The gunfire ceased at five past four. The shooting was supposed to stop at exactly four o’clock. A chubby vole ran across my feet. I watched it and soon found a round, smooth hole under the field ridge. I wanted to see what was inside, so I lay prostrate and looked into the hole, but could see nothing through the high-powered binoculars I was required to use for the safety of the field. I then used a twig to poke inside while meowing like a cat, wondering if voles viewed cats as enemies like we viewed Capitalists. Then I heard a bang of a gunshot, the bullet whistling past the elm treetop over my head. Wasn’t the shooting training finished? Another gunshot went off barely half a minute later. Before I could make sense of the situation, somebody hauled me up from the ground. Turning round, I saw a pale face, its cheeks burning red and mouth puffing steam. This face looked familiar, but also strange at such close range. He said, exploding in anger: “What the hell are you doing here? Didn’t you see a peasant coming into the training field?” His Shandong accent gave him away: he was Liu Feng, the other sentry guard, now supporting a hunchbacked old woman on his other arm. Obviously, the old woman had slipped into the training field while I was harassing the vole. She seemed hurt. She moaned and collapsed on Liu Feng’s arm, her eyes disappearing into the back of her head. Liu Feng cried out, “Granny! Granny!” I was so terrified that I fainted. My next image just a moment later was Liu Feng running before me, carrying the old woman, and shouting, “So irresponsible! So obsessed with fun! Not like a soldier at all! . . .” A Red Cross flag was flying on the opposite hill. Liu Feng carried the old woman to the field ambulance. I followed behind, running and falling and running, tears all over my cheeks. Were they because of my falls, fear, or Liu Feng’s criticism? Now in hindsight I’d say it was all three.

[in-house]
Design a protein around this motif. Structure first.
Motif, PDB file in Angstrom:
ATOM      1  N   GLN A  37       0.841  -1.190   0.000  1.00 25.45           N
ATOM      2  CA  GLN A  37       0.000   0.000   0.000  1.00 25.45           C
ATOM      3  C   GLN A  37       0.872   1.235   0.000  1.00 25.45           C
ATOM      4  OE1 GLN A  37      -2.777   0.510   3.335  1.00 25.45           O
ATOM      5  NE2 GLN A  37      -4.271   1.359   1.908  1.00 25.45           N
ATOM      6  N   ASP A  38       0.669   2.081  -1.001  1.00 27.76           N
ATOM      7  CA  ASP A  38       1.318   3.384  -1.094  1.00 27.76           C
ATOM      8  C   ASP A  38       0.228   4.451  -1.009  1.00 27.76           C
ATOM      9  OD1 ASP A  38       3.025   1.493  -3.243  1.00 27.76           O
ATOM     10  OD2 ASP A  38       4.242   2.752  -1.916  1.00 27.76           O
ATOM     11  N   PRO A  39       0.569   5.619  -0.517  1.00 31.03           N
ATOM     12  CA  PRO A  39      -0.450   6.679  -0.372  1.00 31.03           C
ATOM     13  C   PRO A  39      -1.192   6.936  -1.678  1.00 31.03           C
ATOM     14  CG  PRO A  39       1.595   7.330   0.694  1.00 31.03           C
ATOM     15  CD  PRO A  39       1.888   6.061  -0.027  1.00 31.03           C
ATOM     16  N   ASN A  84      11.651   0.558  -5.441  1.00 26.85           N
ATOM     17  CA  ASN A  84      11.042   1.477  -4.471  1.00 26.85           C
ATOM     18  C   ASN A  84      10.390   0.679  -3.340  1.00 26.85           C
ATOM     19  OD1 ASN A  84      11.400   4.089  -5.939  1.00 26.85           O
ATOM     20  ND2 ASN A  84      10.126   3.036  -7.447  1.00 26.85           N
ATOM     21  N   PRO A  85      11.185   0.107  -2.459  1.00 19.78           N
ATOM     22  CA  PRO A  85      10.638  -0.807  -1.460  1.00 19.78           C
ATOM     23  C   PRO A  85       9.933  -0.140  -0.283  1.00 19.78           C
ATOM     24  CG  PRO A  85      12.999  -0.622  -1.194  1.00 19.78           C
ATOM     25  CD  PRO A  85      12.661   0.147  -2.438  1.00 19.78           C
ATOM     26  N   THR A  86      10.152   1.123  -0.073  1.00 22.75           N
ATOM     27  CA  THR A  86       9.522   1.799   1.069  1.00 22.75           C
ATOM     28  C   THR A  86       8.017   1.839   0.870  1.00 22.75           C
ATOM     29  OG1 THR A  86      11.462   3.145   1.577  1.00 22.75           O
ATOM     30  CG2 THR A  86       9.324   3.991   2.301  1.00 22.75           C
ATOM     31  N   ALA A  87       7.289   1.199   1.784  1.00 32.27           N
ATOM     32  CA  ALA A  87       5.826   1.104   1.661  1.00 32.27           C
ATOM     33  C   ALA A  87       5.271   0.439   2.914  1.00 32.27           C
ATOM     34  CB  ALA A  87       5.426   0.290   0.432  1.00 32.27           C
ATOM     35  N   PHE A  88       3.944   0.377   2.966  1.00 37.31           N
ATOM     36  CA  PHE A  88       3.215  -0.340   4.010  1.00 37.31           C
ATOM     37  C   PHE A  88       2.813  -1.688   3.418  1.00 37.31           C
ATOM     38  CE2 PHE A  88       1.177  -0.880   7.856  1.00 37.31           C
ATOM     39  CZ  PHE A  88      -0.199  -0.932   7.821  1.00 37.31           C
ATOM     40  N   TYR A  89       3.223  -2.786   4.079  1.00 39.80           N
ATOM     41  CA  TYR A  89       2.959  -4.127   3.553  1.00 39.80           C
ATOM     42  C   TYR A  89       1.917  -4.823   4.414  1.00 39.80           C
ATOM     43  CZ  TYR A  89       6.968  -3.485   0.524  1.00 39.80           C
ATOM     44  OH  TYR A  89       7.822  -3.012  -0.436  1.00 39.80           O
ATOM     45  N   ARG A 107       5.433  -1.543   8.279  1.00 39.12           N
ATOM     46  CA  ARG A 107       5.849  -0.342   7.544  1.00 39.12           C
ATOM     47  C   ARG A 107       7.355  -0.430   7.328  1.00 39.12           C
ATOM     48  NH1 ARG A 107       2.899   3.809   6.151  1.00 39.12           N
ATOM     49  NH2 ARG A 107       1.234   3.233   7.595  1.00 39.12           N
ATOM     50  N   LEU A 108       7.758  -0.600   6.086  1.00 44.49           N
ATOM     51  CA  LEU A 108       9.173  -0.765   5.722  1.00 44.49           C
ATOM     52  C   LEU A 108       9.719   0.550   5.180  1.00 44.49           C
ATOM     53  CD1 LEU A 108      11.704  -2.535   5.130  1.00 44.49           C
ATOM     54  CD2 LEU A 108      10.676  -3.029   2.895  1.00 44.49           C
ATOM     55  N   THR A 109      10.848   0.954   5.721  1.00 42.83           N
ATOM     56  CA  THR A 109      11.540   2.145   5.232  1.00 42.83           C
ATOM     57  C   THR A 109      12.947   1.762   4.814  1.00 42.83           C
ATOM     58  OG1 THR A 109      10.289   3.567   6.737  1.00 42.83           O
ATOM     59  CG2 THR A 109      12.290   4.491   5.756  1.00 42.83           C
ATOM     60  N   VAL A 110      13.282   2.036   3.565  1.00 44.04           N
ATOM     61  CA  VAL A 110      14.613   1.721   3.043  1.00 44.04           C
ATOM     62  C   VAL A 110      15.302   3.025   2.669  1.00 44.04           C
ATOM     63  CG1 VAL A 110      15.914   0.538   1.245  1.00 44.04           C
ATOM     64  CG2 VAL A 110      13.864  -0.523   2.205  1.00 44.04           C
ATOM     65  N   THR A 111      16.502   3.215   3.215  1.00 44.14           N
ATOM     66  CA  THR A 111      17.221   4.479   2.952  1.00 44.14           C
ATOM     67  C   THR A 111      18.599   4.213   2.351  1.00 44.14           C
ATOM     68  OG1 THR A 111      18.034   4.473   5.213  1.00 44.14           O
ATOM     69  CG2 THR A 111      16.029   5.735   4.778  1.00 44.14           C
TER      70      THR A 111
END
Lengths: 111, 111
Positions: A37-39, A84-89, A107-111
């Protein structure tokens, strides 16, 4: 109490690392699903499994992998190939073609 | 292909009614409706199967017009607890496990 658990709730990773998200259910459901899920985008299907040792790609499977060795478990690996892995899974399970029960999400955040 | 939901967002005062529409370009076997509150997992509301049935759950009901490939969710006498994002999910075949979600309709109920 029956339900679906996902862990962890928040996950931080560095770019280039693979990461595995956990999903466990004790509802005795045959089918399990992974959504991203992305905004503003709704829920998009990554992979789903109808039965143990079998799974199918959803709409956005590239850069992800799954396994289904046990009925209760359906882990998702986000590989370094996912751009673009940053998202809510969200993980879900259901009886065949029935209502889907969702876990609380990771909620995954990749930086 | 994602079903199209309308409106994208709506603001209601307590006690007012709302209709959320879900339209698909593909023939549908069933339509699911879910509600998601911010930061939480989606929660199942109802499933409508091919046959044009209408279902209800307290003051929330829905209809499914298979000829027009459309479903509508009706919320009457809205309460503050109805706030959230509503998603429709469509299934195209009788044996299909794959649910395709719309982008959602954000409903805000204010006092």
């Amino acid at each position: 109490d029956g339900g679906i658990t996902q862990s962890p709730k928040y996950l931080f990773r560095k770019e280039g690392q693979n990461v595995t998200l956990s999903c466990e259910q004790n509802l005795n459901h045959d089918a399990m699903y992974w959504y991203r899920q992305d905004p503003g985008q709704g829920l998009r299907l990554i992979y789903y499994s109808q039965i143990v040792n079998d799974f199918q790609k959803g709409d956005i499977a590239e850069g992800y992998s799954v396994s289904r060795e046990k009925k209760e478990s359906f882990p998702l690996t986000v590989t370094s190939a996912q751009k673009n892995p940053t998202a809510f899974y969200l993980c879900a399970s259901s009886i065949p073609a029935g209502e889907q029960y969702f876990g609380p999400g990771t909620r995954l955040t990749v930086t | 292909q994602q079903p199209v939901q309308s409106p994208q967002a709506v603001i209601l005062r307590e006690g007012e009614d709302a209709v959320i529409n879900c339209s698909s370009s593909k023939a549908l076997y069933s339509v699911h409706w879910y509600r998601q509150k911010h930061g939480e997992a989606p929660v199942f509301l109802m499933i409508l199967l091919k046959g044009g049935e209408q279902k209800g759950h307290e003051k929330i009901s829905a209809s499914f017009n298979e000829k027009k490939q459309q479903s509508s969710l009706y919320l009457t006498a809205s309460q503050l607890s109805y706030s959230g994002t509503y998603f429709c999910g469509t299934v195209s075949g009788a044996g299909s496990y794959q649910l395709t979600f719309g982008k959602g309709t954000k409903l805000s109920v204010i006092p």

Liu Feng and I brought the old woman into the rescue tent and were immediately surrounded by doctors and nurses who were the field rescue team for the role-play. Liu Feng and I waited for bad news outside the quilted cotton door curtain. After a while, Liu Feng was tired of standing. He squatted down, raised his face, and asked, “A teenager?” I murmured “thirteen” in a voice as quiet as a mosquito’s hum. He talked no more. I noticed a patch on the back of his collar, a long strip with tiny stitches barely visible. The curtain finally opened, and the military doctor of the rescue team called us in for a look. Liu Feng and I looked at each other: “Claiming the dead body?” Trembling, Liu Feng asked where the bullet hit. The doctor said it hit nowhere. He had spent half an hour examining the old woman only to find her in excellent shape. She hadn’t even taken any medication for killing roundworms, let alone aspirin. She must have fainted out of hunger or fear of gunfire.

We craned our heads in and saw the old woman holding a military fruit can and spooning two big chunks of pineapple into her mouth. Liu Feng nudged me, and we hurried into the tent. Liu Feng was all saluting and apologizing, and the old woman, chewing and slurping loudly, was too preoccupied with calming her nerves to pay any attention to us.

The rescue nurse whispered that we were lucky. If she had been shot, all her family would have feasted on the art troupe’s military supplies instead of eating their own yams.